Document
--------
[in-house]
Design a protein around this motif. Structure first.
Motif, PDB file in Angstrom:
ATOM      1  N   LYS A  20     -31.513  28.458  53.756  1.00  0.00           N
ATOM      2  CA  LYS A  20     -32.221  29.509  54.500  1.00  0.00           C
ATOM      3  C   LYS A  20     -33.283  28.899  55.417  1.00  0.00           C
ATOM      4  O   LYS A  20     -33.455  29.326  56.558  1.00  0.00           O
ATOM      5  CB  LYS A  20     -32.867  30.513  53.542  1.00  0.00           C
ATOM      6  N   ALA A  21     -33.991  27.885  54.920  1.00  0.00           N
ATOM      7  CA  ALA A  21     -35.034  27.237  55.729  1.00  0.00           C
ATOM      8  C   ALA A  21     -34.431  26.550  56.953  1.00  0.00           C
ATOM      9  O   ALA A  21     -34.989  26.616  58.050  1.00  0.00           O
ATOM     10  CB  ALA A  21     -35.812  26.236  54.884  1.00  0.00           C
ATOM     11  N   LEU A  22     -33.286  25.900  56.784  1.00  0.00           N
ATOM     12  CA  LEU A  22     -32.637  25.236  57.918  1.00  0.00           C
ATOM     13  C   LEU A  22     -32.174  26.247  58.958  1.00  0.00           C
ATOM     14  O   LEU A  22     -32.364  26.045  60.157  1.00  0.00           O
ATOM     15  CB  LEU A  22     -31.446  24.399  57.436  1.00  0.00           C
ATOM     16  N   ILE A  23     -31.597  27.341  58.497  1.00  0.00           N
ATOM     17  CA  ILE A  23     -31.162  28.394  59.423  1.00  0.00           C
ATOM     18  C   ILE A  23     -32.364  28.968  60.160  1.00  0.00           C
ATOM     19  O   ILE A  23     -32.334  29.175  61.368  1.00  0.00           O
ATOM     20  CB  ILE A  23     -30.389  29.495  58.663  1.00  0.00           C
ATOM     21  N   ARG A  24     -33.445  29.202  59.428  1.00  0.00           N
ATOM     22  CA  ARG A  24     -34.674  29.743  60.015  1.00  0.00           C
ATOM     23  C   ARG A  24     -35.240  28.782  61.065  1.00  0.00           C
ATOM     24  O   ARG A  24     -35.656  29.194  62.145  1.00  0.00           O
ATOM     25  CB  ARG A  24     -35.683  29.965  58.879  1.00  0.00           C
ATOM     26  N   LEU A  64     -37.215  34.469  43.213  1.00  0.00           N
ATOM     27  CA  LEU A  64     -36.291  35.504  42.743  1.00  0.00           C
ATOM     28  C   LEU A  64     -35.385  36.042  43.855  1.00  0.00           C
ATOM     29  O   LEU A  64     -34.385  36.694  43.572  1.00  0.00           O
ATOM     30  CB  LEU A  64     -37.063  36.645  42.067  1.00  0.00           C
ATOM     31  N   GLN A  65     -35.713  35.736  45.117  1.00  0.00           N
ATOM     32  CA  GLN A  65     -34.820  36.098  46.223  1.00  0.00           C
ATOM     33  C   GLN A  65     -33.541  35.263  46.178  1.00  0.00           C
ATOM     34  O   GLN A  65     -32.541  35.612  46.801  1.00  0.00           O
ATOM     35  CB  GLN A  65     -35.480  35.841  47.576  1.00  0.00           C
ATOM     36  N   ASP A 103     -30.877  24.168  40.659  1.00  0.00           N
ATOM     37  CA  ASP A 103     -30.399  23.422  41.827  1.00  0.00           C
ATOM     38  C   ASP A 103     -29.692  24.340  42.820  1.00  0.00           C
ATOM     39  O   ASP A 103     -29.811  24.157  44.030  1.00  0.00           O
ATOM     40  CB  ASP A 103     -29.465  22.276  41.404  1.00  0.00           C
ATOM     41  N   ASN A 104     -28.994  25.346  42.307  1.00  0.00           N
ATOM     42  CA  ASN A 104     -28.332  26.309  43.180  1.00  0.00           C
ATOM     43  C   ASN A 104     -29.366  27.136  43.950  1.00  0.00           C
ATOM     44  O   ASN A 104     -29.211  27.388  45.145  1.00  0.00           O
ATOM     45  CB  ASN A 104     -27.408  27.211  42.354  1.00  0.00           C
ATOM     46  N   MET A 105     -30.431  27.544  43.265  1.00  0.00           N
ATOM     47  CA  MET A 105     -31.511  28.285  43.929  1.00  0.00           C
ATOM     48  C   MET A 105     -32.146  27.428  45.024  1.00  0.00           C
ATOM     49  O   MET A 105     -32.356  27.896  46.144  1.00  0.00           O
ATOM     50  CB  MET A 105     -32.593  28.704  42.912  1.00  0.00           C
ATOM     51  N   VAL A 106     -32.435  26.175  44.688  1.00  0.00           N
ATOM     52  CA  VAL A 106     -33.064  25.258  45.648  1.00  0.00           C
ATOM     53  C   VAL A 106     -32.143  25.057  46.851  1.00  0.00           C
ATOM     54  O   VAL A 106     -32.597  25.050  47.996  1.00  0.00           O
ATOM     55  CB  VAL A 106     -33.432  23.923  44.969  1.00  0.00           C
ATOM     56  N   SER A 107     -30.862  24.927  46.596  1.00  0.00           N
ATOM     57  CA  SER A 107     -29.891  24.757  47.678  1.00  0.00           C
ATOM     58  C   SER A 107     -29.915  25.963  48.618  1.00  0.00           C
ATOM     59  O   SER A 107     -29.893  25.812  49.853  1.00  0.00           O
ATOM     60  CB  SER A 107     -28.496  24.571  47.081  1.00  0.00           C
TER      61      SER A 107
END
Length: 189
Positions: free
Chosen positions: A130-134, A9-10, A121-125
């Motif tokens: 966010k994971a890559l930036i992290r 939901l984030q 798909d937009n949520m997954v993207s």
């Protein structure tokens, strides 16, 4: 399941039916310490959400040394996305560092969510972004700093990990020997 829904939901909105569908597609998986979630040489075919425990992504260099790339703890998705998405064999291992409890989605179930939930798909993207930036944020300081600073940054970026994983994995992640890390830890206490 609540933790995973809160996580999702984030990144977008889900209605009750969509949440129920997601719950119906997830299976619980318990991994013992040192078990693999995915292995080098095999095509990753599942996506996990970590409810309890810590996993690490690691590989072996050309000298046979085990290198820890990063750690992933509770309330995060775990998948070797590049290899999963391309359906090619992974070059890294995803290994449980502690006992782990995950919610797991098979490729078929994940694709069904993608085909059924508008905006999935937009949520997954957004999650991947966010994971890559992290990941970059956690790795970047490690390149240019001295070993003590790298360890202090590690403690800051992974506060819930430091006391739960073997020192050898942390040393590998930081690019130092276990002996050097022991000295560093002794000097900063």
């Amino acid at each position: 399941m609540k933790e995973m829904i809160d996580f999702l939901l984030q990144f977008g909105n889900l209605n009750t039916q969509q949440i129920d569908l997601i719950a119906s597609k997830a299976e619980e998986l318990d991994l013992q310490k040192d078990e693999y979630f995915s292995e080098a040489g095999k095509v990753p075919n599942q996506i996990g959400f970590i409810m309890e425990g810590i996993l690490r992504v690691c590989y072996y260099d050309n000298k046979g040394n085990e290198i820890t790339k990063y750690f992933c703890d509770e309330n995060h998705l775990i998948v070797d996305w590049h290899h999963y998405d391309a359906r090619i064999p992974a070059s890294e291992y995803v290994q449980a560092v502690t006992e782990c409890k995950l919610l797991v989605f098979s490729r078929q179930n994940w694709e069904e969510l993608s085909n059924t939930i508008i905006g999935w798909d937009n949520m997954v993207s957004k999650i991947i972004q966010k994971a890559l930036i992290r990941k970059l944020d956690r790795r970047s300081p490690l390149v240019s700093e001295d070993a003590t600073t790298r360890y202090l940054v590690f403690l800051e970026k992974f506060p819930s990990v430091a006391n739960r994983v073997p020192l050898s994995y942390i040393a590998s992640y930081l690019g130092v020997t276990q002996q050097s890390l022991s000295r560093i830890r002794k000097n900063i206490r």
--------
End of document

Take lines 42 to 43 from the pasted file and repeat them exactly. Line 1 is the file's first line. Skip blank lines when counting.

ATOM     39  O   ASP A 103     -29.811  24.157  44.030  1.00  0.00           O
ATOM     40  CB  ASP A 103     -29.465  22.276  41.404  1.00  0.00           C